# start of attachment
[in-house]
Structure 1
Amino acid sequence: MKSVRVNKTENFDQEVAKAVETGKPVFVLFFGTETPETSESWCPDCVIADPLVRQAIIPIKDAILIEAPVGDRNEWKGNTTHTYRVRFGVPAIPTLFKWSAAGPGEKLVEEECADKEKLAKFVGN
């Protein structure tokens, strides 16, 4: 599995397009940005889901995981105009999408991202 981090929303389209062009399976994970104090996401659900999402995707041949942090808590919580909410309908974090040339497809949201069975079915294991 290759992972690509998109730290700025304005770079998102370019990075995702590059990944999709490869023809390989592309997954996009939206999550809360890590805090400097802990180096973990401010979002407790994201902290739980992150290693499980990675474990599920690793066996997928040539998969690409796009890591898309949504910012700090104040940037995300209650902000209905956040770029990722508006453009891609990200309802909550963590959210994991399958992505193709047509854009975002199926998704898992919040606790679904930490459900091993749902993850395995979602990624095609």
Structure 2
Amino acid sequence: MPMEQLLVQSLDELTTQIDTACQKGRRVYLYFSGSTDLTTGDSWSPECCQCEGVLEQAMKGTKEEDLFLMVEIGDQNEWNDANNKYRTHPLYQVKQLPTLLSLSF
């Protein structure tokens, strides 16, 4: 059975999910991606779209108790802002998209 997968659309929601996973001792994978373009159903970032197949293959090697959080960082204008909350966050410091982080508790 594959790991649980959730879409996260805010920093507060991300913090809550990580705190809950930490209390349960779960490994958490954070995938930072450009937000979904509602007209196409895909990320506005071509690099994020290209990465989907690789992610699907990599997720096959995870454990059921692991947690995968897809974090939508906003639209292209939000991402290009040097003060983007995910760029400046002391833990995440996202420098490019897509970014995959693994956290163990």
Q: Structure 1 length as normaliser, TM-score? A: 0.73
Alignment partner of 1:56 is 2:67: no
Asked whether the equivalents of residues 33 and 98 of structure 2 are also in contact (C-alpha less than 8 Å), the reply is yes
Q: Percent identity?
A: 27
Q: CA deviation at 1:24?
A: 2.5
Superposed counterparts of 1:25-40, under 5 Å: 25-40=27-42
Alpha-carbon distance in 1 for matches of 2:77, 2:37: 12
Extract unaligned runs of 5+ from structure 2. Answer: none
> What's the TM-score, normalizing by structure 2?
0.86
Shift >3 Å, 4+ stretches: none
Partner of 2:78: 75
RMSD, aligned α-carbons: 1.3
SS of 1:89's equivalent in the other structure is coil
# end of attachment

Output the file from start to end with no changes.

[in-house]
Structure 1
Amino acid sequence: MKSVRVNKTENFDQEVAKAVETGKPVFVLFFGTETPETSESWCPDCVIADPLVRQAIIPIKDAILIEAPVGDRNEWKGNTTHTYRVRFGVPAIPTLFKWSAAGPGEKLVEEECADKEKLAKFVGN
């Protein structure tokens, strides 16, 4: 599995397009940005889901995981105009999408991202 981090929303389209062009399976994970104090996401659900999402995707041949942090808590919580909410309908974090040339497809949201069975079915294991 290759992972690509998109730290700025304005770079998102370019990075995702590059990944999709490869023809390989592309997954996009939206999550809360890590805090400097802990180096973990401010979002407790994201902290739980992150290693499980990675474990599920690793066996997928040539998969690409796009890591898309949504910012700090104040940037995300209650902000209905956040770029990722508006453009891609990200309802909550963590959210994991399958992505193709047509854009975002199926998704898992919040606790679904930490459900091993749902993850395995979602990624095609």
Structure 2
Amino acid sequence: MPMEQLLVQSLDELTTQIDTACQKGRRVYLYFSGSTDLTTGDSWSPECCQCEGVLEQAMKGTKEEDLFLMVEIGDQNEWNDANNKYRTHPLYQVKQLPTLLSLSF
């Protein structure tokens, strides 16, 4: 059975999910991606779209108790802002998209 997968659309929601996973001792994978373009159903970032197949293959090697959080960082204008909350966050410091982080508790 594959790991649980959730879409996260805010920093507060991300913090809550990580705190809950930490209390349960779960490994958490954070995938930072450009937000979904509602007209196409895909990320506005071509690099994020290209990465989907690789992610699907990599997720096959995870454990059921692991947690995968897809974090939508906003639209292209939000991402290009040097003060983007995910760029400046002391833990995440996202420098490019897509970014995959693994956290163990």
Q: Structure 1 length as normaliser, TM-score? A: 0.73
Alignment partner of 1:56 is 2:67: no
Asked whether the equivalents of residues 33 and 98 of structure 2 are also in contact (C-alpha less than 8 Å), the reply is yes
Q: Percent identity?
A: 27
Q: CA deviation at 1:24?
A: 2.5
Superposed counterparts of 1:25-40, under 5 Å: 25-40=27-42
Alpha-carbon distance in 1 for matches of 2:77, 2:37: 12
Extract unaligned runs of 5+ from structure 2. Answer: none
> What's the TM-score, normalizing by structure 2?
0.86
Shift >3 Å, 4+ stretches: none
Partner of 2:78: 75
RMSD, aligned α-carbons: 1.3
SS of 1:89's equivalent in the other structure is coil